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Electronic Structure of Atoms Chapter 6

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Light is a Wave Electromagnetic wave Wavelength ( ), m Frequency ( ), Hz or s -1 Travels at c (3.00 X 10 8 m/s) in a vacuum

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Wavelength and frequency are inversely proportional c =

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How many complete waves are shown above? What is the wavelength of light shown above?

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Electromagnetic Spectrum

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Blu-Ray = 405 nanometers (blue light) DVD = 650 nanometers (red light)

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Visible light = 4 X 10 -7 m to 7X 10 -7 m (400 to 700 nm)

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Waves: Ex 1 Calculate the wavelength of a 60 Hz EM wave

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Waves: Ex 2 Calculate the wavelength of a 93.3 MHz FM radio station

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Waves: Ex 3 Calculate the frequency of 500 nm blue light.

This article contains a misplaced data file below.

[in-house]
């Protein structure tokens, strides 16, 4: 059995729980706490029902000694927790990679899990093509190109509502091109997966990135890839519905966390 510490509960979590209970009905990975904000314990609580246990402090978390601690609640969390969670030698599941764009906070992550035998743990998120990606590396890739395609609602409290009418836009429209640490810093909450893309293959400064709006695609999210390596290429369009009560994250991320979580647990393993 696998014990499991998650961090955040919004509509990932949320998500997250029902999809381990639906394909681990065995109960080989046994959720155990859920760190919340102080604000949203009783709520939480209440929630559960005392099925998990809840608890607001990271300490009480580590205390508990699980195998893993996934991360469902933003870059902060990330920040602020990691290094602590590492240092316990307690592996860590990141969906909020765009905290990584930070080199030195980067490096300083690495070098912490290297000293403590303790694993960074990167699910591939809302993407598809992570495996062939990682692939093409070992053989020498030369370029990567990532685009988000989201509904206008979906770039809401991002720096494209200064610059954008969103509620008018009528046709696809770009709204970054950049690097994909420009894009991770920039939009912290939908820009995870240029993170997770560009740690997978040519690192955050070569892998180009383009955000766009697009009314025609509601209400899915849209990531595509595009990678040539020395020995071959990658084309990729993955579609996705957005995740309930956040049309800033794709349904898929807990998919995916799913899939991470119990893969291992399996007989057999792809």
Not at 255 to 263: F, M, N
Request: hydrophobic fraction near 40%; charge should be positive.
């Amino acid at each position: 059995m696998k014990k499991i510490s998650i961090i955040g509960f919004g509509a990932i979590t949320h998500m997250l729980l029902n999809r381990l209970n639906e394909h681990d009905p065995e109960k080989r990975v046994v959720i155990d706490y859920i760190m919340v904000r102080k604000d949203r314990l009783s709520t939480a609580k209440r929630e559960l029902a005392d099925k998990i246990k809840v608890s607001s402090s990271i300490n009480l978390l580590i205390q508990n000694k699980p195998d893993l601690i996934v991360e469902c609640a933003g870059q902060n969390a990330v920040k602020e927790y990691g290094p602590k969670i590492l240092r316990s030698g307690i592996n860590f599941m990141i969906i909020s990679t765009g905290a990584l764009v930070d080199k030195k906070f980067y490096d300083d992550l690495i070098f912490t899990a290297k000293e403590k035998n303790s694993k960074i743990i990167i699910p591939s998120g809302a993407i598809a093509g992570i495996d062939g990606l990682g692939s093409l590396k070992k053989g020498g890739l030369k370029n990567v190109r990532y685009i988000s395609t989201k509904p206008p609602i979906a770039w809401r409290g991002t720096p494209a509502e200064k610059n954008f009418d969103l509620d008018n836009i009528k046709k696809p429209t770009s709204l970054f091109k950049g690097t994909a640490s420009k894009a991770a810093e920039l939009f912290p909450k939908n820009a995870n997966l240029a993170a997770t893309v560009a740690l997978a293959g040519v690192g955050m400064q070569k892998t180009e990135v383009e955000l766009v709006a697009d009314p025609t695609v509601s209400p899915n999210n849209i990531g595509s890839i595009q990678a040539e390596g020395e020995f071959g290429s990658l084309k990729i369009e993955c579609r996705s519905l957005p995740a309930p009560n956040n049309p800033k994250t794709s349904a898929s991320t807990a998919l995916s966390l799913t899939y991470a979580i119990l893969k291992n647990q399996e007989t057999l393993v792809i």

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Planck’s Quantum Hypothesis: Light is a Particle Photon –light particle Photons emitted in “packets” (whole numbers) Light is both a wave and a particle E = h (for one photon) h = 6.63 X 10 -34 J s (Planck’s constant)

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Photons: Ex 1 Calculate the energy of a photon of wavelength 600 nm. 600 nm 1 X 10 -9 m = 6 X10 -7 m 1 nm

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Photons: Ex 2 Calculate the energy of a photon of wavelength 450 nm (blue light). Also, calculate the energy per mole. Ans: (4.42 X 10 -19 J, 266 kJ/mol)

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Photons: Ex 3 Calculate the energy of laser light with a frequency of 4.69 X 10 14 s -1. Also, calculate the energy per mole. Ans: (3.11 X 10 -19 J, 187 kJ/mol)